There are promising technologies for natural gas that work today and can use conversion kits to efficiently convert our vehicles to natural gas from gasoline or diesel.  Natural gas as a fuel source is both abundant and domestic, and for the time being, cheap.  I understand that there is not a solution that is perfectly inconsequential.  Natural gas has its own downsides, as I am sure many people can speak to, but it does offer an emission reduction alternative that is readily available, policy positive and less or evenly expensive as gasoline or diesel.  If we use natural gas as a patch until one of the other technologies can progress to being suitable alternative, we can help the environment, our security and our pocketbooks.

William McCraney


[iii] Wang-Helmreich, Hanna, and Stefan Lochner. “The Potential Of Natural Gas As A Bridging Technology In Low-Emission Road Transportation.” Thermal Science 16.3 (2012): 729-746. Academic Search Complete. Web. 4 Dec. 2012.

[vi] Tirkey, J. V., H. N. Gupta, and S. K. Shukla,”Integrated gas dynamic computational modelling and thermodynamic combustion diagnostics of multicylinder four-stroke spark ignition engine using compressed natural gas as a fuel,” International Journal Of Sustainable Energy 29, no. 2: 59-75. Academic Search Complete, EBSCOhost

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3 Comments

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3 responses to “The Patch Technology-Natural Gas

  1. Agee Springer

    I really like this idea of a “patch” or bridge fuel between gasoline and electricity. I feel that too often Americans (and especially our politicians) expect a neat, simple, easy-to-fit-in-a-sound-bite solution to any problem they face. As has become clear from Dr. Webber’s lectures so far this semester, such a solution simply does not exist in the world of energy. There is no one technology or fuel that will solve all our energy problems. However, there are technologies that are better than what we are using now and can help alleviate some of the environmental and national security challenges presented by our current energy portfolio. While not perfect, as you have pointed out, these technologies can serve as patches until cleaner technologies are more mature.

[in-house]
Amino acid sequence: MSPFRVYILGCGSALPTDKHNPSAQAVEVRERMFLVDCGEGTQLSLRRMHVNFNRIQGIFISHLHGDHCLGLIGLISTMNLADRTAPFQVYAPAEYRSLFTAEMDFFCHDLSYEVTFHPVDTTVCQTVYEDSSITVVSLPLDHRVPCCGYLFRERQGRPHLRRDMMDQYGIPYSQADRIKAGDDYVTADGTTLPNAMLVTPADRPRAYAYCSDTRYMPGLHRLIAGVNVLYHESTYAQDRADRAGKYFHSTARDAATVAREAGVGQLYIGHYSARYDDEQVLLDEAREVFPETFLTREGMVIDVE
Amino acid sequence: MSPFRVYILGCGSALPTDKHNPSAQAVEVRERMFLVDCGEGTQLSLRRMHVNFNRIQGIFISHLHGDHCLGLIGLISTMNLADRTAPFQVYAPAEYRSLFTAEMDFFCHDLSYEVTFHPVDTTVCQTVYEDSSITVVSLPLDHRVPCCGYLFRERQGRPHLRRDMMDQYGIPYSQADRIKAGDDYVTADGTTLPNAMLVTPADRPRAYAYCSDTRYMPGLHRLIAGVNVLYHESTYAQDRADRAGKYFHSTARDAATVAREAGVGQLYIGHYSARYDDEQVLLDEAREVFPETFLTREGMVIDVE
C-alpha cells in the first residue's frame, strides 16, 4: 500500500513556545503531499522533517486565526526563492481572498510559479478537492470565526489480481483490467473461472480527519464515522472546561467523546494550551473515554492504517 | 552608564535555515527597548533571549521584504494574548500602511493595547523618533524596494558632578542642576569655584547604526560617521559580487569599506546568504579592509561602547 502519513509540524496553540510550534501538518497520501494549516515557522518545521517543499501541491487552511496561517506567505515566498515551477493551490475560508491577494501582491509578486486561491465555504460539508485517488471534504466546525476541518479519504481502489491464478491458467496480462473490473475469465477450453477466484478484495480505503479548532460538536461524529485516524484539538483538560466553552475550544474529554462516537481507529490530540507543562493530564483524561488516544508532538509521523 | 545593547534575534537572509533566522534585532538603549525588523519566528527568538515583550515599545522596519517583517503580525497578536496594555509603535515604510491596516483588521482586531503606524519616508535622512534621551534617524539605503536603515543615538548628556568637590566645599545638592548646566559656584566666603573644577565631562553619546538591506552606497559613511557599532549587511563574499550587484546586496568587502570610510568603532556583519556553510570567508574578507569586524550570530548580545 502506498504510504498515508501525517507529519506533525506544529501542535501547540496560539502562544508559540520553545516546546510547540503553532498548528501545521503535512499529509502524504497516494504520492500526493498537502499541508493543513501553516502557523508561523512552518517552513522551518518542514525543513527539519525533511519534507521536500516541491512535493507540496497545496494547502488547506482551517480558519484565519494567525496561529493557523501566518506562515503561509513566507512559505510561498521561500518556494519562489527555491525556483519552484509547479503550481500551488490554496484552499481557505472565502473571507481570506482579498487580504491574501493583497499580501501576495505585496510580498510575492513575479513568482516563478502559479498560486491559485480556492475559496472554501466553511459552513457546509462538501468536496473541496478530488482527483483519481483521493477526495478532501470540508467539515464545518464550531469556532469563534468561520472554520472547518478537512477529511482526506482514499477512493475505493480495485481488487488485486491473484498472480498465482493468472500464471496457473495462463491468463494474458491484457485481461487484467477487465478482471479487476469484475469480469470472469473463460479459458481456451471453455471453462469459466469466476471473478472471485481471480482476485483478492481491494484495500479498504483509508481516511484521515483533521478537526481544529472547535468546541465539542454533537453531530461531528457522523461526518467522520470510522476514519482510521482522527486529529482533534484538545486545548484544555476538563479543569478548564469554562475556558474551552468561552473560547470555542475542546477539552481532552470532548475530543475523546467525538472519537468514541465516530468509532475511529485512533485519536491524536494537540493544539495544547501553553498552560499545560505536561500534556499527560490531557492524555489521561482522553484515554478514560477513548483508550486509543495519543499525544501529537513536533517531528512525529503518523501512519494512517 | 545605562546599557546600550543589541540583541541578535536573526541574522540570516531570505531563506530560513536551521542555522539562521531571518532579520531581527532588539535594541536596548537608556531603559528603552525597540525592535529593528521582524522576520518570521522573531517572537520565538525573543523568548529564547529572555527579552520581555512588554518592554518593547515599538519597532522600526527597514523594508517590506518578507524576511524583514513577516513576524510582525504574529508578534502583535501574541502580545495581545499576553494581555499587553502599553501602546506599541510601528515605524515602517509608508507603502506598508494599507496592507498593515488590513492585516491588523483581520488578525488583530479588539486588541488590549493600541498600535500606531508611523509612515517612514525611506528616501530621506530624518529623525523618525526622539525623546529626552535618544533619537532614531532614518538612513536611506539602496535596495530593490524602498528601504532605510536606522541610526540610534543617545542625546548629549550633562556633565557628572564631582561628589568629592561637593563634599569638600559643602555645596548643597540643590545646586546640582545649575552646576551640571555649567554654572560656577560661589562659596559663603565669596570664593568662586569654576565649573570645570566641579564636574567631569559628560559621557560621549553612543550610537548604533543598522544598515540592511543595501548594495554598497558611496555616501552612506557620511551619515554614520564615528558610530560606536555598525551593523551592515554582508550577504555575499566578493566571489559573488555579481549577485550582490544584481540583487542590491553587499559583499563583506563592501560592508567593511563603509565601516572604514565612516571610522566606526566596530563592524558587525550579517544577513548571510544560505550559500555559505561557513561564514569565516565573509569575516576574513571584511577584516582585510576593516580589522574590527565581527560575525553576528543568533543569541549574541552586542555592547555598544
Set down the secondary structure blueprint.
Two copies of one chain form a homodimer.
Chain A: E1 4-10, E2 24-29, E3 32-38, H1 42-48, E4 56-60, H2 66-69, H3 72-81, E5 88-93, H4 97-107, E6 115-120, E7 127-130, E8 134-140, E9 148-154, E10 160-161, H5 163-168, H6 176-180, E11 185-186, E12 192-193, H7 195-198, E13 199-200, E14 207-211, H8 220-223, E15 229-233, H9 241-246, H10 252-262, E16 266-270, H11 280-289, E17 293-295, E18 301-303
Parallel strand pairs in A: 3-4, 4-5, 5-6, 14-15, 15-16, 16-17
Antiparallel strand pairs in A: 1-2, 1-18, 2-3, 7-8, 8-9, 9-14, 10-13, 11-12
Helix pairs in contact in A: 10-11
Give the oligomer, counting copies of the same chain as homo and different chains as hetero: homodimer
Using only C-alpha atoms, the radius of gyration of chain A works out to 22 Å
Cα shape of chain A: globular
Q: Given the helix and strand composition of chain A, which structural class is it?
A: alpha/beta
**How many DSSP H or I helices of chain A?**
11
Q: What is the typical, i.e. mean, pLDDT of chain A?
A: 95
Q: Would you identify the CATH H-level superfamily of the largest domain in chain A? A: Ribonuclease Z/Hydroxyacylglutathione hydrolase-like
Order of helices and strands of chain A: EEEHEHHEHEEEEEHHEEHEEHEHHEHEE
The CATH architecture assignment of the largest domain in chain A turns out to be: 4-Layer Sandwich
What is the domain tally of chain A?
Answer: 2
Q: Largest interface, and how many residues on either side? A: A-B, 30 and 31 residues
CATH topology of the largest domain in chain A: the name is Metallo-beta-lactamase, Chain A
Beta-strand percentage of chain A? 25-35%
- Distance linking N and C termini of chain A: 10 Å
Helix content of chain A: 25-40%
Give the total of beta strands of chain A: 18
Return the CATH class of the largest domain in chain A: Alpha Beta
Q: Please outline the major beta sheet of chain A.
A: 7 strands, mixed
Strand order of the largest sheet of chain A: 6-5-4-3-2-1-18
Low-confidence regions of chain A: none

All that being said, I do feel there are some challenges to converting our transportation fleet to natural gas, which you did not directly address in your post. The first is cost. As you pointed out, the price of natural gas is quite low at the moment. However, it likely won’t stay low if there was a huge increase in demand like the one that would be created if we were to convert our vehicles to natural gas. Indeed, just last week, we saw electricity prices spike in New England after there was a huge demand for natural gas for heating [1]. You also do not discuss the cost of converting existing vehicles to LNG. A quick Google search indicated that a conversion kit for a four cylinder engine could easily run $1000-$2000 [2], and that does not include mechanic labor costs, which most people would need to pay. I worry that the high cost of conversion might deter many people from making the switch, even if the annual fuel savings end up being as high as you estimated in your post.

    The second large challenge I see has to do with infrastructure. The American Public Power Association has already warned that demand for natural gas has been outstripping the supply capability since 2010 [3]. This problem would likely be exacerbated if we switched over to natural gas as a transportation fuel source. Moreover, LNG has to be stored at low temperatures to prevent evaporation. Both of these problems would likely necessitate significant retrofitting and upgrading of both our natural gas transportation infrastructure and storage capabilities at fuelling stations. These upgrades might be costly, and could end up raising the retail price consumers would pay for LNG at the pump.

    I am not trying to sound negative about this post. I really do think natural gas could hold tremendous potential as a “bridge” fuel. But the switch will require thoughtful planning by both engineers and policy makers (which could be a challenge in itself) to overcome the difficulties I have mentioned above. Thanks for bringing this topic up!

    [1] http://www.nytimes.com/2013/02/16/business/electricity-costs-up-in-gas-dependent-new-england.html?_r=0

    [2] http://www.saferwholesale.com/CNG-Conversion-Kit-for-4-Cyl-Engines-Fits-All-Ty-p/rse-k0004.htm?vfsku=rse+k0004&Click=35179&gpla=pla&gclid=COrF3qSpvrUCFQyqnQod01YALA